refractory anemia

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re·frac·to·ry a·ne·mi·a

progressive anemia unresponsive to therapy other than transfusion. See: primary refractory anemia, secondary refractory anemia.
Farlex Partner Medical Dictionary © Farlex 2012

refractory anaemia

A general term for any anaemia that does not respond to therapy, which occur in myelodysplastic syndrome, iron-deficiency due to malabsorption, idiopathic acquired sideroblastic anaemia, aplastic anaemia or other conditions.
Segen's Medical Dictionary. © 2012 Farlex, Inc. All rights reserved.

re·frac·to·ry an·e·mi·a

(rĕ-frak'tŏr-ē ă-nē'mē-ă)
Progressive anemia unresponsive to therapy other than transfusion.
Medical Dictionary for the Health Professions and Nursing © Farlex 2012
References in periodicals archive ?
Patients with persistent anemia (hemoglobin <10g/dl) not responding to three months of dietary modification, iron and folate supplementations and after excluding common hemoglobinopathies were labeled as having refractory anemia. Rickets was defined on clinical examination according to age with patients showing frontal bossing, widely open anterior fontanel, widening of the wrist joint, and bowing of the legs.
Dyr, "Plasma proteome changes associated with refractory anemia and refractory anemia with ringed sideroblasts in patients with myelodysplastic syndrome," Proteome Science, vol.
Menatetrenone, a vitamin K2 analog, ameliorates cytopenia in patients with refractory anemia of myelodysplastic syndrome.
This sample study included total of 205 suspected cases of afebrile malaria comprising patients with refractory anemia, thrombocytopenia, leukocy-tosis and elevated alanine transaminase (ALT) or bilirubin with negative viral screen in the study.
According to World Health Organization criteria (23), the patients were classified as follows: 8 cases of refractory anemia, 7 cases of refractory anemia with ringed sideroblasts, 7 cases of refractory anemia with excess blasts, and 8 cases of refractory anemia with excess blasts in transformation.
Regardless, when mutations occur, they are usually found in the high-risk morphologic subtypes of MDS that are associated with a poor outcome and a propensity to evolve to AML, that is, refractory anemia with excess blasts (RAEB) and refractory anemia with excess blasts in transformation (RAEBT).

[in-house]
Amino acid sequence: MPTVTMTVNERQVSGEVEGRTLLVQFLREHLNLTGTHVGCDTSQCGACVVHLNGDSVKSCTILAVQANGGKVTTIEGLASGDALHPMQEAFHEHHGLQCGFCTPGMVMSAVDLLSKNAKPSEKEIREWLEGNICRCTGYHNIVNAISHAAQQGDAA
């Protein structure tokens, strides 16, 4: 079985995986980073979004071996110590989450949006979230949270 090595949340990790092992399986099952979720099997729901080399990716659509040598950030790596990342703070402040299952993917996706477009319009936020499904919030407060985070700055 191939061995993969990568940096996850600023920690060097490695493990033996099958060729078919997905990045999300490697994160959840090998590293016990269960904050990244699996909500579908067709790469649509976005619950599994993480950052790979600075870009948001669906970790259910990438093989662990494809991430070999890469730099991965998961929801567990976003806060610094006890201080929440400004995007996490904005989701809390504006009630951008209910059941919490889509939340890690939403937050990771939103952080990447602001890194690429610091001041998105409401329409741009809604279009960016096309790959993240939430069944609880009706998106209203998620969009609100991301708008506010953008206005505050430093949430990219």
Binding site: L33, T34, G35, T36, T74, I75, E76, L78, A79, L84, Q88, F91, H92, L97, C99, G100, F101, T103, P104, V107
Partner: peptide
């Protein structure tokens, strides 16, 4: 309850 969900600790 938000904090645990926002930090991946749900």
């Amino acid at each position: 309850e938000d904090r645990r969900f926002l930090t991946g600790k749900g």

In general, the clinical course of hyperfibrotic MDS or MDS with myelofibrosis is rapidly progressive with short survival, except when myelofibrosis is associated with refractory anemia (RA) or refractory anemia with ring sideroblasts (BARS) subtypes [1,3,4].
Factors that should be addressed include infection, inflammation, malignancy, secondary hyperparathyroidism, blood loss, hemolysis, iron deficiency, bone marrow dysplasia, refractory anemia due to nonrenal conditions, aluminum toxicity, vitamin deficiencies, and concomitant medications that may affect production of red blood cells.
These findings led to the diagnosis of myelodysplastic syndrome (MDS, refractory anemia with excess of blast-1) in accordance with the WHO 2008 classification [1] and MDS with multilineage dysplasia in accordance with the 2016 revision of WHO classification [6].
Often the sole presenting feature of the disease might be refractory anemia. (2) Fisgin et al studied 22 patients with celiac disease and have reported anemia alone in 19 patients.
Table 1: Factors Associated with Acute Hyporesponse to Epoetin alfa * Inadequate Epoetin alfa doses * Blood loss * Acute inflammation/infection * Iron deficiency * Poor nutritional status * Vitamin deficiency * Concomitant medications Table 2: Additional Documentation Required When Epoetin alfa Doses Exceed 10,000 Units/Administration * Patient weight * Current Epoetin alfa dose * Historical record of Epoetin alfa doses given * Hb (Hct) response to date * Iron indices * Concomitant conditions such as infection, inflammation, or malignancy * Blood loss, concomitant hemolysis, bone marrow dysplasia * Refractory anemia due to nonrenal conditions (e.g., aluminum toxicity) * Compromised bone marrow * Concomitant medications * Vitamin deficiencies References
Published reports indicate that the risk for development of acute leukemia in refractory anemia (RA) is approximately 10%, which closely matches that of patients with SDS.